The Wall Street Journal: Democrats fired up for midterm elections, poll finds; Trump’s approval slips
Democratic voters are showing a higher level of interest in the 2018 midterm elections than are Republicans, with three-quarters of Democrats saying their vote for Congress is intended as a message of opposition to President Donald Trump, a new Wall Street Journal/NBC News poll finds.
While Democratic interest in the election rose from March, the spike didn’t translate into gains for the party in a broader measure of the political climate: Asked which party should control the next Congress, voters favored Democrats over the GOP by 47% to 40%, down from a 10-point spread last month.
The poll found that 39% of respondents approve of Trump’s job performance, with 57% disapproving. That approval rating is down 4 percentage points from last month but remains within the same, 6-point range of the past year. Trump’s highest approval rating was 44% in February 2017, and his lowest was 38% in October 2017. His job approval is the lowest of any post-World-War II president at this point in his first term.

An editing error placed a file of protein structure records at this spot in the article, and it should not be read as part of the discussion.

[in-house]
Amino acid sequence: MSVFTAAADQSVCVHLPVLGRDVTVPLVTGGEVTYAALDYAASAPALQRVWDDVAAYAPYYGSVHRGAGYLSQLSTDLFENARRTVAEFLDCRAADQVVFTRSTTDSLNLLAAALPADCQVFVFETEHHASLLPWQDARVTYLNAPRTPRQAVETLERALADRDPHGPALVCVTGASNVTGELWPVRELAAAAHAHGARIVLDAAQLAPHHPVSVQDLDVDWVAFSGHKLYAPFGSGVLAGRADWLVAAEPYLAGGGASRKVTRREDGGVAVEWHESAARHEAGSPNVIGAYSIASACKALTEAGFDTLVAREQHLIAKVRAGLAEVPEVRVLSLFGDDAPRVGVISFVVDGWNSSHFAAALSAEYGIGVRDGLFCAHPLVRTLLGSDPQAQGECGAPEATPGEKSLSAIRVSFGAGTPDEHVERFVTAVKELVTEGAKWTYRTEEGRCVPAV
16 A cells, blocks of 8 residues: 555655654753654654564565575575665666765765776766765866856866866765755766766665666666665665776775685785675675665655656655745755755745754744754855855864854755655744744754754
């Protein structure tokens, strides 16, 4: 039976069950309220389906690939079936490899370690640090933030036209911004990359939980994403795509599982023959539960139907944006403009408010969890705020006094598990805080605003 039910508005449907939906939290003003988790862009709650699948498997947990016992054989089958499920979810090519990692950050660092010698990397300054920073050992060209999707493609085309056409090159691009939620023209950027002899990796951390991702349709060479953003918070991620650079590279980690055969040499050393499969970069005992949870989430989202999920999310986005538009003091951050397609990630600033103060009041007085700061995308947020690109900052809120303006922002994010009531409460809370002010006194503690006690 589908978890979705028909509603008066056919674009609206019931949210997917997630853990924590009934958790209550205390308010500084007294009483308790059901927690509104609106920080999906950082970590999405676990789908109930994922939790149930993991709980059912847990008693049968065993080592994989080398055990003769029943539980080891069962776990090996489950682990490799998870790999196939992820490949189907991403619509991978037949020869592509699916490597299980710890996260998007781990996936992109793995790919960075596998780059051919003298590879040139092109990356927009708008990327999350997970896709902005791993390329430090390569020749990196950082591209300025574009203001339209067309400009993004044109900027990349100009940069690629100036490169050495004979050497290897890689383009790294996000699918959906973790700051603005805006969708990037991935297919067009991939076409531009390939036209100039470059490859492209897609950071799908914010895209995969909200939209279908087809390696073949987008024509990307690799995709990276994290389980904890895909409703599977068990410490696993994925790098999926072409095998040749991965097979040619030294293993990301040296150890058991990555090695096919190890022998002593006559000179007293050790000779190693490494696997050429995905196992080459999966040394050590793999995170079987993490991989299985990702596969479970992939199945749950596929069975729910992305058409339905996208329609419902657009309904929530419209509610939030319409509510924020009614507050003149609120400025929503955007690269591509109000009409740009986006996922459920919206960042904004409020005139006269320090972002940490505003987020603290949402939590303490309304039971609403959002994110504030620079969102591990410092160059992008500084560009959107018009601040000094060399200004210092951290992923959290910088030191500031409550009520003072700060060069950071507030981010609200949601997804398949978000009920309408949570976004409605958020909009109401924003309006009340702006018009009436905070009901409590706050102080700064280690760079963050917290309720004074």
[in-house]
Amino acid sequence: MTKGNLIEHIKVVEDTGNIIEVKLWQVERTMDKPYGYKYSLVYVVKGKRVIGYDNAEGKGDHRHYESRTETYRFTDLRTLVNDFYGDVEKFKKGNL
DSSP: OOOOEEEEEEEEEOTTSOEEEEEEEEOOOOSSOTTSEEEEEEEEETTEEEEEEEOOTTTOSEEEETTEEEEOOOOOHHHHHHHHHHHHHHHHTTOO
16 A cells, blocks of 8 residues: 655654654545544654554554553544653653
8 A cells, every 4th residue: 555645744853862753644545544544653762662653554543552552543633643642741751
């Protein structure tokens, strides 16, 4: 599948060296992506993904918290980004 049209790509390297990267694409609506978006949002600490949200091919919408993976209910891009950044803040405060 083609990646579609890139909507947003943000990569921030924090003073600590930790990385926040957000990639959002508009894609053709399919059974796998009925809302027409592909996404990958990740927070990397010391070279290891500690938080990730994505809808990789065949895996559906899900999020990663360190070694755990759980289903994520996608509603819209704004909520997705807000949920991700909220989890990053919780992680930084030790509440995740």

“2018 is shaping up as a referendum election on Donald Trump,” said Peter Hart, a Democratic pollster who worked on the survey with Republican Bill McInturff. “He’s never had a single day where a majority of Americans approved of his job performance.”
An expanded version of this report appears on WSJ.com.
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